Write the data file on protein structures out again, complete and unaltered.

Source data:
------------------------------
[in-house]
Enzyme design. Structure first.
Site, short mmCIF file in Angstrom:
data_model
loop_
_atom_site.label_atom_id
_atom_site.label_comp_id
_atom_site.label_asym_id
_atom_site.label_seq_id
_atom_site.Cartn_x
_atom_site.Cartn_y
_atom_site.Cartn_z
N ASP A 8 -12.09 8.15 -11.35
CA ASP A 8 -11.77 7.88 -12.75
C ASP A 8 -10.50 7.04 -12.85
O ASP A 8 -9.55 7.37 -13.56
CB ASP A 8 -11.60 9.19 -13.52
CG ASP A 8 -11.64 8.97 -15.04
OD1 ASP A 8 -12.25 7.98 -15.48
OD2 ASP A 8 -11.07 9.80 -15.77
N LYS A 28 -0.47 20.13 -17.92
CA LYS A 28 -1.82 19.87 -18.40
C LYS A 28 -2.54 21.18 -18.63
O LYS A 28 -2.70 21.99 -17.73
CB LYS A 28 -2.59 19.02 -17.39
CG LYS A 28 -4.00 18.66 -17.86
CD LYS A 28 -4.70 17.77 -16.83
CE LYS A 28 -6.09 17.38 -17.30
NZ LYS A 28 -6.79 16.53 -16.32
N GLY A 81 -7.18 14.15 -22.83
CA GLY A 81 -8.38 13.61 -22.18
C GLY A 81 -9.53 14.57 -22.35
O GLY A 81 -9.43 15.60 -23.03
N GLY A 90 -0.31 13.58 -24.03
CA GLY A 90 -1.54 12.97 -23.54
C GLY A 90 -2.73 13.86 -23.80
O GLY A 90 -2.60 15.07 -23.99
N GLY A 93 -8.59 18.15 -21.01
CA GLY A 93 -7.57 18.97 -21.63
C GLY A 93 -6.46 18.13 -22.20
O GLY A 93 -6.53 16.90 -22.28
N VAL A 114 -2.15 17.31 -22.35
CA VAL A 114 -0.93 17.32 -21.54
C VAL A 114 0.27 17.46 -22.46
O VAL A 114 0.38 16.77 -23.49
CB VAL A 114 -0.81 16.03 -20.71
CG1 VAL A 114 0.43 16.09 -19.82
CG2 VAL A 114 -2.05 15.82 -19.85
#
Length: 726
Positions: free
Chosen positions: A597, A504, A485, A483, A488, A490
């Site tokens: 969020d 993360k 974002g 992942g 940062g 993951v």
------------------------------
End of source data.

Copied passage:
[in-house]
Enzyme design. Structure first.
Site, short mmCIF file in Angstrom:
data_model
loop_
_atom_site.label_atom_id
_atom_site.label_comp_id
_atom_site.label_asym_id
_atom_site.label_seq_id
_atom_site.Cartn_x
_atom_site.Cartn_y
_atom_site.Cartn_z
N ASP A 8 -12.09 8.15 -11.35
CA ASP A 8 -11.77 7.88 -12.75
C ASP A 8 -10.50 7.04 -12.85
O ASP A 8 -9.55 7.37 -13.56
CB ASP A 8 -11.60 9.19 -13.52
CG ASP A 8 -11.64 8.97 -15.04
OD1 ASP A 8 -12.25 7.98 -15.48
OD2 ASP A 8 -11.07 9.80 -15.77
N LYS A 28 -0.47 20.13 -17.92
CA LYS A 28 -1.82 19.87 -18.40
C LYS A 28 -2.54 21.18 -18.63
O LYS A 28 -2.70 21.99 -17.73
CB LYS A 28 -2.59 19.02 -17.39
CG LYS A 28 -4.00 18.66 -17.86
CD LYS A 28 -4.70 17.77 -16.83
CE LYS A 28 -6.09 17.38 -17.30
NZ LYS A 28 -6.79 16.53 -16.32
N GLY A 81 -7.18 14.15 -22.83
CA GLY A 81 -8.38 13.61 -22.18
C GLY A 81 -9.53 14.57 -22.35
O GLY A 81 -9.43 15.60 -23.03
N GLY A 90 -0.31 13.58 -24.03
CA GLY A 90 -1.54 12.97 -23.54
C GLY A 90 -2.73 13.86 -23.80
O GLY A 90 -2.60 15.07 -23.99
N GLY A 93 -8.59 18.15 -21.01
CA GLY A 93 -7.57 18.97 -21.63
C GLY A 93 -6.46 18.13 -22.20
O GLY A 93 -6.53 16.90 -22.28
N VAL A 114 -2.15 17.31 -22.35
CA VAL A 114 -0.93 17.32 -21.54
C VAL A 114 0.27 17.46 -22.46
O VAL A 114 0.38 16.77 -23.49
CB VAL A 114 -0.81 16.03 -20.71
CG1 VAL A 114 0.43 16.09 -19.82
CG2 VAL A 114 -2.05 15.82 -19.85
#
Length: 726
Positions: free
Chosen positions: A597, A504, A485, A483, A488, A490
């Site tokens: 969020d 993360k 974002g 992942g 940062g 993951v």